DC and comiXology team for Digital Storefront Affiliate

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A few months ago, comiXology announced its Digital Storefront Affiliate plan which would allow comics shops to sell digital comics — the implementation plan is different from Diamond’s, but the intent is the same — to allow storefronts to make money off digital comics.

Now, DC and several other publishers (Image Comics (including Shadowline and Top Cow), BOOM! Studios, and Dynamite Entertainment) have anounced they will be joining the initiative.

PR below, but more news on this tomorrow live from the Diamond Retail summit.

St Paddy's day SALE: Green Lantern and Green Arrow digital comics on sale

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DC is getting into the festive spirit with a green-focused sa

St. Paddy's Day third stop: Gone to Amerikay

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And to finish up our little Irish-themed section, Colleen Doran offers a preview of Gone to Amerikay, the graphic novel she’s been working on for the last two years. It’s written by Eisner nominated author Derek McCulloch, with colors by Jose Villarubia – the final book will come out sometime in 2012 from Vertigo.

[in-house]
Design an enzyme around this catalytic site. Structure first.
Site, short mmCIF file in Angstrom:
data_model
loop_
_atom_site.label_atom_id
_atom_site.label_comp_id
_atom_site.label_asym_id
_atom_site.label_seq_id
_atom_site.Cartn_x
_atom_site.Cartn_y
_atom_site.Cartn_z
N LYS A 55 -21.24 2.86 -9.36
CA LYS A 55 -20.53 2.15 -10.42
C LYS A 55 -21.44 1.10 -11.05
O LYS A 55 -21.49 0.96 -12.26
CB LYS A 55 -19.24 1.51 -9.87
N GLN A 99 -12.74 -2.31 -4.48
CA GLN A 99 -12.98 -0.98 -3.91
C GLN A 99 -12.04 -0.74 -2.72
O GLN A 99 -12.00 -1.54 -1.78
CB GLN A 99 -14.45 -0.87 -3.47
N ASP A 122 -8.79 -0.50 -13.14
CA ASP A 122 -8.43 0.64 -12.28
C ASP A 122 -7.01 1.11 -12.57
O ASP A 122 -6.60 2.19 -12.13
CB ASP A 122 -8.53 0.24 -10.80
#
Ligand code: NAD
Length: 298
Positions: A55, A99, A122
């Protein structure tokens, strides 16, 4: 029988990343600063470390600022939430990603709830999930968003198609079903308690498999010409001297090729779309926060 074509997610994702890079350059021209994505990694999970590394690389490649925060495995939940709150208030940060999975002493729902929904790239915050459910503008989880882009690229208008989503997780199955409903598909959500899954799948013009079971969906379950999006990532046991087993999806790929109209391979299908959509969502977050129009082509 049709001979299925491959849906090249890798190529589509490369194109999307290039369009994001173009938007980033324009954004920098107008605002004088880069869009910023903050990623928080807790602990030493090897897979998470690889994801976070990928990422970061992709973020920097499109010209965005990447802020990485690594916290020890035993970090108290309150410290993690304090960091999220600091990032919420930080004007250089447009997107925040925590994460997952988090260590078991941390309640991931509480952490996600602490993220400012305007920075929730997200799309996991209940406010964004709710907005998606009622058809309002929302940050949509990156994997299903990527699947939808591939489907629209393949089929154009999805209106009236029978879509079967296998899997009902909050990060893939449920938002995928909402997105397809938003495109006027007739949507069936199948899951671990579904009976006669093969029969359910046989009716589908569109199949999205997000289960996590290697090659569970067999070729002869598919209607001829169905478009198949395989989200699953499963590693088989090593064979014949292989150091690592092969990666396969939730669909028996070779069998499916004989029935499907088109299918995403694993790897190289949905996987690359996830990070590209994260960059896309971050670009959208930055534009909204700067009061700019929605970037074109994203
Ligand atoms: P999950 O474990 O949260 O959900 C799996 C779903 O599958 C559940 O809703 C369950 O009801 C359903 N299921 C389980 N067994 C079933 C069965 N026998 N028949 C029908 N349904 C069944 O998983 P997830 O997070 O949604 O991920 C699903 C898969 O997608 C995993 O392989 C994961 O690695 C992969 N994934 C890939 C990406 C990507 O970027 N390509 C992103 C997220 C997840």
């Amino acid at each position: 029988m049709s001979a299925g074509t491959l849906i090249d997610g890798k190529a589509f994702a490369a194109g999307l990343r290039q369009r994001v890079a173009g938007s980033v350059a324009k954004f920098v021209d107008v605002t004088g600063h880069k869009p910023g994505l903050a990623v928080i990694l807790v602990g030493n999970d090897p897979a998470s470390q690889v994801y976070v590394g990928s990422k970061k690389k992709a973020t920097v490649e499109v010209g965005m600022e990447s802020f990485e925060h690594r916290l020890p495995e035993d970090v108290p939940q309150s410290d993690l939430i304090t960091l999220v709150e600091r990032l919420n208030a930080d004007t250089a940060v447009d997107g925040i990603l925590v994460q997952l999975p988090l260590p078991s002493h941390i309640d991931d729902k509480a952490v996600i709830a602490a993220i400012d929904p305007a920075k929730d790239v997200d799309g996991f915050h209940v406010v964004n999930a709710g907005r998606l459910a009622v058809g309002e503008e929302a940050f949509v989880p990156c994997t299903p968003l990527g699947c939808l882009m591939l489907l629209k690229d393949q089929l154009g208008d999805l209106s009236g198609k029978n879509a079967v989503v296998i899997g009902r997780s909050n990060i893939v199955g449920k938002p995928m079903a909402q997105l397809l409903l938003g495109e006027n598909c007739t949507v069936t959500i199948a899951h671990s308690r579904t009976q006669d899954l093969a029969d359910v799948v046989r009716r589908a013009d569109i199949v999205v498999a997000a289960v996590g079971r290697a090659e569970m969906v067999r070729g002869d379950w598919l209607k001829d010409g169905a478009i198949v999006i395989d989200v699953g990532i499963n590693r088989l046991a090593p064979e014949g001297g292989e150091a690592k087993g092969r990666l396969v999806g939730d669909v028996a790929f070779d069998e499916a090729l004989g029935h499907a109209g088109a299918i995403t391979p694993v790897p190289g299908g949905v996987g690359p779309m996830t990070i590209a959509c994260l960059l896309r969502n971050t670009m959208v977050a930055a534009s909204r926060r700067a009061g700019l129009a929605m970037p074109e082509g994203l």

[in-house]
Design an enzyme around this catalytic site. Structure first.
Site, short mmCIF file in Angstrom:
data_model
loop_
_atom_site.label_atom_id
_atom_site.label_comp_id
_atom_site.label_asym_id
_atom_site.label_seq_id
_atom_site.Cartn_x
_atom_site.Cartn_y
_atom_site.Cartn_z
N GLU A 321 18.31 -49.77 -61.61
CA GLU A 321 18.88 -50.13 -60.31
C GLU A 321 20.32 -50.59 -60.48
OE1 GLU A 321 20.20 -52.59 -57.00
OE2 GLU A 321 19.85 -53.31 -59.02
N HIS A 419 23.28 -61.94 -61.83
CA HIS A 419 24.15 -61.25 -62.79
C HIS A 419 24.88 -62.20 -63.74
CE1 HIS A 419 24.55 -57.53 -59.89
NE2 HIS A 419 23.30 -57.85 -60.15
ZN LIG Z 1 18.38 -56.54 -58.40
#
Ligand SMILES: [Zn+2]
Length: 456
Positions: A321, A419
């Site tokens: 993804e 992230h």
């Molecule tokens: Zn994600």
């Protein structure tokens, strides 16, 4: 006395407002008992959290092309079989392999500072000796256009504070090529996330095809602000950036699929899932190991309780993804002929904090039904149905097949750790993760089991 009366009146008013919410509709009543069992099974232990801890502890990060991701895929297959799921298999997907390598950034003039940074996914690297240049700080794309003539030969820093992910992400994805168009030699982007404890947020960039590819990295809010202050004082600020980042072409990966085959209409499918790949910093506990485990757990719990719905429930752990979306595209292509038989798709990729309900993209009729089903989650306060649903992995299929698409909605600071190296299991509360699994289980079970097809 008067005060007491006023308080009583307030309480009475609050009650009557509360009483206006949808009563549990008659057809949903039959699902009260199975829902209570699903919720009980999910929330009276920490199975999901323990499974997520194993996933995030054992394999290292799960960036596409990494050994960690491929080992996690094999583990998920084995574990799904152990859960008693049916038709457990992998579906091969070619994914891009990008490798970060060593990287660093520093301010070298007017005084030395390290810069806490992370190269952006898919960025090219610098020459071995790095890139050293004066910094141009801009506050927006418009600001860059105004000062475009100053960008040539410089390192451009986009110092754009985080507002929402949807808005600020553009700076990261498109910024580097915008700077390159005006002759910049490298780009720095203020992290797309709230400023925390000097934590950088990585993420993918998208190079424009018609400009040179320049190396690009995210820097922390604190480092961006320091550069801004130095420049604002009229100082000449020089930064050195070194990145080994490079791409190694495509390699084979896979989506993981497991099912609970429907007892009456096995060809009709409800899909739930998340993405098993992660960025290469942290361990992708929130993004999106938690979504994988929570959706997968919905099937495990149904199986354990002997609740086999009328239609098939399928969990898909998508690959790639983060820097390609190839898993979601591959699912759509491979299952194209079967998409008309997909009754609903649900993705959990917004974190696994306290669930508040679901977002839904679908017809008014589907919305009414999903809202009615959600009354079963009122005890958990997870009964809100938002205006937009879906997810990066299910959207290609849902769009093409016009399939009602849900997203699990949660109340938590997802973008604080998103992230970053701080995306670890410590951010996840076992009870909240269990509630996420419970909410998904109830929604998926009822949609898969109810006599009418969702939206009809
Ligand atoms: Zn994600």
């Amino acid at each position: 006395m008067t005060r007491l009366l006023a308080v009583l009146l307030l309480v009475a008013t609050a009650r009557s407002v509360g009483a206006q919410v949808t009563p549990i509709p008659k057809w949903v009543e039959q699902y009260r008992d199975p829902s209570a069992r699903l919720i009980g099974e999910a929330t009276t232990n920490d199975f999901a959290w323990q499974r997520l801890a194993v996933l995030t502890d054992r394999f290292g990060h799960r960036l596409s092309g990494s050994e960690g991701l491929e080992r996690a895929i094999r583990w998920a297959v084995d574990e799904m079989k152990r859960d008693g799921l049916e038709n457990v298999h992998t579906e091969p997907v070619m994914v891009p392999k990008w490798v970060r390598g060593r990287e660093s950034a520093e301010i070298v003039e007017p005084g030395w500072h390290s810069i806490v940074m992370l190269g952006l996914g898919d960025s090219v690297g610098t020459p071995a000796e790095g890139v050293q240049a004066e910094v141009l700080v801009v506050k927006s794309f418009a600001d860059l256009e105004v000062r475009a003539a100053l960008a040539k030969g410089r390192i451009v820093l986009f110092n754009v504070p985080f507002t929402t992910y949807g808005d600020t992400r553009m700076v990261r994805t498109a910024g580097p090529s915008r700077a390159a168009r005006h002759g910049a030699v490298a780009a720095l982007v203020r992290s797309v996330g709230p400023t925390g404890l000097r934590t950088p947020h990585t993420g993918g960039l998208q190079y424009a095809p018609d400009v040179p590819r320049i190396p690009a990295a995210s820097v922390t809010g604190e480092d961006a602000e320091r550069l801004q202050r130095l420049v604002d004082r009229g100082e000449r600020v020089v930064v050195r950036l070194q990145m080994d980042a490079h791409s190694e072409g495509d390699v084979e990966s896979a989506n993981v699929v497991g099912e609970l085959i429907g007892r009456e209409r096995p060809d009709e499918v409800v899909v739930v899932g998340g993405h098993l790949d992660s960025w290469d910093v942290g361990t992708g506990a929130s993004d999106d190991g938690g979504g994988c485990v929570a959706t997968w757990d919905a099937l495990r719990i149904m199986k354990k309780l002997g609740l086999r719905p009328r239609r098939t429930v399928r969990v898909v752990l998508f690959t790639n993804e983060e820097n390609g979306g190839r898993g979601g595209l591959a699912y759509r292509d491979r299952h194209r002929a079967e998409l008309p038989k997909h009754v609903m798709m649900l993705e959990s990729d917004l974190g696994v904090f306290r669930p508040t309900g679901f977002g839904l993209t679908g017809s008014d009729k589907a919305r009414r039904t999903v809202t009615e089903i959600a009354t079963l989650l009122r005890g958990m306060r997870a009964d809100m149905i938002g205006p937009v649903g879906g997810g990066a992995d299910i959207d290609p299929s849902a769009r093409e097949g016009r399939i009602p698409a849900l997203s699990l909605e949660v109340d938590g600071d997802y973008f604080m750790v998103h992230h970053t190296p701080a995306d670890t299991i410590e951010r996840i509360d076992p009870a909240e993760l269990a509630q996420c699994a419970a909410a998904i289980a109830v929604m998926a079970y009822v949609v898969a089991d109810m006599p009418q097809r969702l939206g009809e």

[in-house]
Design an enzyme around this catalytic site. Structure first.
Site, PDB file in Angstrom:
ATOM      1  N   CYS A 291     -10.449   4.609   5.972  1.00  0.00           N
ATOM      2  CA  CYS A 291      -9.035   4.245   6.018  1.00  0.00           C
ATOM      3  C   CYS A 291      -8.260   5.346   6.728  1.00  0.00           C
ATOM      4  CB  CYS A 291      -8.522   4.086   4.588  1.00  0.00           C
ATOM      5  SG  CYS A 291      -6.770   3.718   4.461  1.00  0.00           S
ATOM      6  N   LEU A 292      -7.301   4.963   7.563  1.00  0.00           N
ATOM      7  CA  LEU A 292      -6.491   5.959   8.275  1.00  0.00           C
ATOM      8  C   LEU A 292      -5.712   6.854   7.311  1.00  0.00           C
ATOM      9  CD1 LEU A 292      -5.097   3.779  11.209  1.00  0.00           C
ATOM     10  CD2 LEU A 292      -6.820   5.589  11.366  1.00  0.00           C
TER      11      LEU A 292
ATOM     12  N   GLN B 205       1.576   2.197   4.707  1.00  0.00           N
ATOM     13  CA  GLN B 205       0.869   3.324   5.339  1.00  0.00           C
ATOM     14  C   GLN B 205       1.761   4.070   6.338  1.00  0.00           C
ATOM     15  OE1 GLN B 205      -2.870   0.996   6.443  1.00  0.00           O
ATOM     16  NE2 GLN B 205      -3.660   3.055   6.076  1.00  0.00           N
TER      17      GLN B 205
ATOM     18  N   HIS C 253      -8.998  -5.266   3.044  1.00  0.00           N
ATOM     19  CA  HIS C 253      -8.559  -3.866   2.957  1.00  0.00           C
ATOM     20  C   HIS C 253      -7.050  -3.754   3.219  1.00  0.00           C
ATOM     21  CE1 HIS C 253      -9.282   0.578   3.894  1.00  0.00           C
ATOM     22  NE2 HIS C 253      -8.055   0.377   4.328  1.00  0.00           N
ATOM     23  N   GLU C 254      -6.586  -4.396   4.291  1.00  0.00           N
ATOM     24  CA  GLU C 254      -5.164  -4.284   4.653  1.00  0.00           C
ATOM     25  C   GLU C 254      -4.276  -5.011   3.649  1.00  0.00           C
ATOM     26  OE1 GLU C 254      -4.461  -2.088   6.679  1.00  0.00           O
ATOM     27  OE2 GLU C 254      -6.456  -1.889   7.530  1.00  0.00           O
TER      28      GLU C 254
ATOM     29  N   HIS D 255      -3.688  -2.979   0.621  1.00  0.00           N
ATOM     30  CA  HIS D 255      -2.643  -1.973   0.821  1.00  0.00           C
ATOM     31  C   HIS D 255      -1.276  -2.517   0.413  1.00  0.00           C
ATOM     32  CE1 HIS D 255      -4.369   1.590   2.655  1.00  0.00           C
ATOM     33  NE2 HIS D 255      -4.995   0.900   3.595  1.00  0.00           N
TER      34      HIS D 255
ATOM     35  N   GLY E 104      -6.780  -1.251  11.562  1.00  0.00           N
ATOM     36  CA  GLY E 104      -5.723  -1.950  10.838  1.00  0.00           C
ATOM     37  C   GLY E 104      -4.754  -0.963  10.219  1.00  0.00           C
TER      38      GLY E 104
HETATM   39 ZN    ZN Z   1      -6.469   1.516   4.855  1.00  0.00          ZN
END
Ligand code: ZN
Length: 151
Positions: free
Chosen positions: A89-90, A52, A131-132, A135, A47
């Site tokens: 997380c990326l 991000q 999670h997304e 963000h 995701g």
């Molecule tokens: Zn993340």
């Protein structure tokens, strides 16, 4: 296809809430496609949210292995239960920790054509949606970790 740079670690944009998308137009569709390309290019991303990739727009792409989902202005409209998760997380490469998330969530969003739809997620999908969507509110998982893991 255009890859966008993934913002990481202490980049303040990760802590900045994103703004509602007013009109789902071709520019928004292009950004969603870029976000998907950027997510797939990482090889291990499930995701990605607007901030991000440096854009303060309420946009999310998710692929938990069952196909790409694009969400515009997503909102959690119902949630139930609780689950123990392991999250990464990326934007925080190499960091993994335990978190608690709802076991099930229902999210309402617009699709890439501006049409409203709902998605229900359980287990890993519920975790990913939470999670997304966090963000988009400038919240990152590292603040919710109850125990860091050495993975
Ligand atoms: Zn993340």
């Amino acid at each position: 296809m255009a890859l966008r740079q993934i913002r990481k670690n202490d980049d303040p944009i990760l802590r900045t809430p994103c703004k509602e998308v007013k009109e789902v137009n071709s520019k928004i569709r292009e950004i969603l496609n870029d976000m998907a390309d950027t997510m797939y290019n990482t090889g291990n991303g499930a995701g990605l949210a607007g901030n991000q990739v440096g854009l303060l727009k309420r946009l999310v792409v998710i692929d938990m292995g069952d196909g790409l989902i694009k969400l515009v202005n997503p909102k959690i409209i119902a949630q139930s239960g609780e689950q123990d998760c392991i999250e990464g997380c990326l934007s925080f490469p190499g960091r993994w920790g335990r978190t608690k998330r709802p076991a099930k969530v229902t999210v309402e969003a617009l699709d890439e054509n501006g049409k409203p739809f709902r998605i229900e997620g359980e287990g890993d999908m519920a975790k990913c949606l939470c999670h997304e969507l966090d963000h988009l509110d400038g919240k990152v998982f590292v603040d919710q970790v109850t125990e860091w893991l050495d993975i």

Doran writes:


St. Paddy's Day second stop: About A Bull

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MK Reed (Americus) writes to alert us to her new webcomic About A Bull which adapts the Tain Bo Cuailnge — a colorful section of Irish legend revolving around Queen Maeve and her jealousy over the majesty of someone else’s bull. Hijinks, battles and feats of amazing derring-do ensue.

St. Paddy's Day first stop: Eclectic Micks

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We’ll start out our mini-seasonal tribute with, of courseEclectic Micks, the sketch blog by a bunch of Irish artists. Above, Banshee by (this time for real) Declan Shalvey.

15 Love rescued from the dust bin of comics history

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2003 wasn’t so very long ago but in many ways it was a completely different age for comics. Nü Marvel was all the rage as comics were climbing out of the sales tailspin of the late ’90s, and Bill Jemas and Joe Quesada reigned supreme at Marvel. Jemas in particular went off on some strange tangents. The Ultimate line may have been his signature achievement, but there were lots that aren’t remembered so fondly, or at all, like Marvell — a sort of satire of superheroes written by Jemas himself — and Trouble — a photo-covered “Gossip Girl” wanna-be that featured teenaged, randy versions of Aunt May and Uncle Ben. Hardly typical Marvel fare.